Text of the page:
As an instructor in driver education I've learned that even the brightest students can become flustered behind the wheel. One day I had three beginners in the car, each scheduled to drive for 30 minutes.
When the first student had completed his time, I asked him to change places with one of the others.
Gripping the wheel tightly and staring straight ahead, he asked in a shaky voice, "Should I stop the car first?"
As we stood in formation at the Pensacola Naval Air Station, our Flight Instructor said, "All right! All you dummies fall out." As the rest of the squad wandered away, I remained at attention. The instructor walked over until he was eye-to-eye with me, and then just raised a single eyebrow. I smiled and said, "Sure was a lot of 'em, huh sir?"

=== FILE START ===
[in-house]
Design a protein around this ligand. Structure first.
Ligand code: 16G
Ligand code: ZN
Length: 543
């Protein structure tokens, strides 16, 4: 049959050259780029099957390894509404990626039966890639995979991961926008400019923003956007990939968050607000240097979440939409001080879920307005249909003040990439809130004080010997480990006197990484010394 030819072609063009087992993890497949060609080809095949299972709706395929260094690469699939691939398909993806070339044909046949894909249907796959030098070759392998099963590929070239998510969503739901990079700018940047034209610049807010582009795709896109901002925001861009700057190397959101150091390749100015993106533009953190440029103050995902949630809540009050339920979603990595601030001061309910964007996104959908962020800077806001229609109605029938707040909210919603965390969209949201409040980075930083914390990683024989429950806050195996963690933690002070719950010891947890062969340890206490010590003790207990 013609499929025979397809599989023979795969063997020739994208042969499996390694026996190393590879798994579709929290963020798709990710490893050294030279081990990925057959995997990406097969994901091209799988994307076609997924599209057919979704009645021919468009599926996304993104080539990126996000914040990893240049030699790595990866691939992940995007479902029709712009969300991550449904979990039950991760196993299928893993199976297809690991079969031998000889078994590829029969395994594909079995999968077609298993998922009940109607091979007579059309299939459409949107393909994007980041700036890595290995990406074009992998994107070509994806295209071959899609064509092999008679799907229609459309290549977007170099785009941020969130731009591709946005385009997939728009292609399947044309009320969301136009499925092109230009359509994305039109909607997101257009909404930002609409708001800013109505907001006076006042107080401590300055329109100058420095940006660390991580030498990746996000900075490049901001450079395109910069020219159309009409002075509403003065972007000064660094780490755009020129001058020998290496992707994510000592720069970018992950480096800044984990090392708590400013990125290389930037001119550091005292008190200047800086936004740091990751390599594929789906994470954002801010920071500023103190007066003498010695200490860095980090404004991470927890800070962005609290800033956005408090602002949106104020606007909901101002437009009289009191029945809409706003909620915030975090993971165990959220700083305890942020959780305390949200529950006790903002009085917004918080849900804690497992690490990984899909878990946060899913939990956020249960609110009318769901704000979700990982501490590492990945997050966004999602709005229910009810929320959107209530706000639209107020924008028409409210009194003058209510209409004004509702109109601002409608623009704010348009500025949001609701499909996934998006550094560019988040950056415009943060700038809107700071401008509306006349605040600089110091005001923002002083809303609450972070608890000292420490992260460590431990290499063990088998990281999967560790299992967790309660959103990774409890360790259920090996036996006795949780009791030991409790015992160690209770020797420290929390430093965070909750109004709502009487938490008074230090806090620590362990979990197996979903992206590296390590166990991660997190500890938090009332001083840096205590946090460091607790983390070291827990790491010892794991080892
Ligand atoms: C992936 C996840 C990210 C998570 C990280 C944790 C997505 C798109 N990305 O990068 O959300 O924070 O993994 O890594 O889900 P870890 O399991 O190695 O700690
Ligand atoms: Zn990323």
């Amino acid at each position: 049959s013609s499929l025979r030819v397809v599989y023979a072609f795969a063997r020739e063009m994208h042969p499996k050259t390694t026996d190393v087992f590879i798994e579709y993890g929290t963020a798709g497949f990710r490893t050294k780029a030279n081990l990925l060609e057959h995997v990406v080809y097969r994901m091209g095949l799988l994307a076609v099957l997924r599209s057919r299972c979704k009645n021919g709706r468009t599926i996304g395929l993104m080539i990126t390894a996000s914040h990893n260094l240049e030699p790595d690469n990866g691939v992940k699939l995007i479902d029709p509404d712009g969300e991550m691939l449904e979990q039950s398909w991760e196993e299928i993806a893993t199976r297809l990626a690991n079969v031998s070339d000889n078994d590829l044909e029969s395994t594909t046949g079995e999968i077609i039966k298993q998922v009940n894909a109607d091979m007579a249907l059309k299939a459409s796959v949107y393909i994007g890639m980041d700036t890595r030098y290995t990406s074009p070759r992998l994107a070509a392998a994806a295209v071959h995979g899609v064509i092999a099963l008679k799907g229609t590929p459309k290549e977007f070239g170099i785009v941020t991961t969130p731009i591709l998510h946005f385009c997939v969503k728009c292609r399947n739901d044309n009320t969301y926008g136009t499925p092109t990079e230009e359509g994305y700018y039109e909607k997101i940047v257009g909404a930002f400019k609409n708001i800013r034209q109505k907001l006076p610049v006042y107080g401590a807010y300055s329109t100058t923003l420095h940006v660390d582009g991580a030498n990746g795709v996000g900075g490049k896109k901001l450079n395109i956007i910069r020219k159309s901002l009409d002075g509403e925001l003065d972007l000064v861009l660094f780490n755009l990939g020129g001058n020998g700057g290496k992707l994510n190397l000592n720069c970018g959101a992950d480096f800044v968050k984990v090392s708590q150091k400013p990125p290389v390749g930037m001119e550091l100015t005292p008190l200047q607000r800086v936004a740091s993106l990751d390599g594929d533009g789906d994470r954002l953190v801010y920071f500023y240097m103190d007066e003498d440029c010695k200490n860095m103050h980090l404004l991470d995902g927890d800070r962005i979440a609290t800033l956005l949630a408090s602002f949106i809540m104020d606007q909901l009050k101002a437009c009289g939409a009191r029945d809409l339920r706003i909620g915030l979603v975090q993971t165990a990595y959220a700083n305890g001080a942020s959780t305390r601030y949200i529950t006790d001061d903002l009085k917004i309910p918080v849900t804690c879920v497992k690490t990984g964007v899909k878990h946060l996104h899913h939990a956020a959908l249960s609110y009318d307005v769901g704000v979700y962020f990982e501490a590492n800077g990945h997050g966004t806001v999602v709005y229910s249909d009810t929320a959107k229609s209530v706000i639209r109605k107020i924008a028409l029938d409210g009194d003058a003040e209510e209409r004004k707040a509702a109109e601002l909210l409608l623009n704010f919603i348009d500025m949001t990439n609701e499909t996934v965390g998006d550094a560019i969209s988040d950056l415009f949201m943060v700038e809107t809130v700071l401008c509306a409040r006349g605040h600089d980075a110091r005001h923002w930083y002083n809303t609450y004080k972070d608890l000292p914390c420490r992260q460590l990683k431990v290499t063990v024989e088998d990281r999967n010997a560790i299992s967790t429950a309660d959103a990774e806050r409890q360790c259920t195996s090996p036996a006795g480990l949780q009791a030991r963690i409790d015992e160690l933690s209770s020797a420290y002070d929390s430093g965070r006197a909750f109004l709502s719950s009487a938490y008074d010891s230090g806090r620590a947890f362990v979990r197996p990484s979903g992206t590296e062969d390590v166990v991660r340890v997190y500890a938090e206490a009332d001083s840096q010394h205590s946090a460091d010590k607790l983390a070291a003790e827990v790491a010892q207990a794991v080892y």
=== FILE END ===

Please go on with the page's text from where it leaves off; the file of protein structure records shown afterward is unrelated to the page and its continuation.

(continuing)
In this particular branch of the Army's officer training school, the instructor was returning a test. The students identified their work by the last four digits of their Social Security number. In the early hours of a morning, the instructor was calling the numbers.
"Four-seven-seven-zero?" he asked.
"Here," replied one half-awake lieutenant-to-be. Taking the paper, though, he realized he had mistakenly asked for the wrong paper.
"Seven-zero-seven-five?" asked the instructor.
"Here," repeated the student, gearing for trouble.
"I thought you were four-seven-seven-zero, soldier," spoke the teacher.
"That's right, sir," answered our hero. "I have a nick-number."
All of these pilot and aviation jokes get me to thinking about my first skydiving instructor. During class he would always take the time to answer any of our stupid first-timer questions.One guy asked, "If our chute doesn't open, and the reserve doesn't open, how long do we have until we hit the ground?"Our jump master looked at him and in perfect deadpan and answered, "The rest of your life."
What Would You Do?
A driving instructor: What would you do if you were going up an icy hill and the motor stalled and brakes failed?
His student replied; I`d quickly adjust the rearview mirror.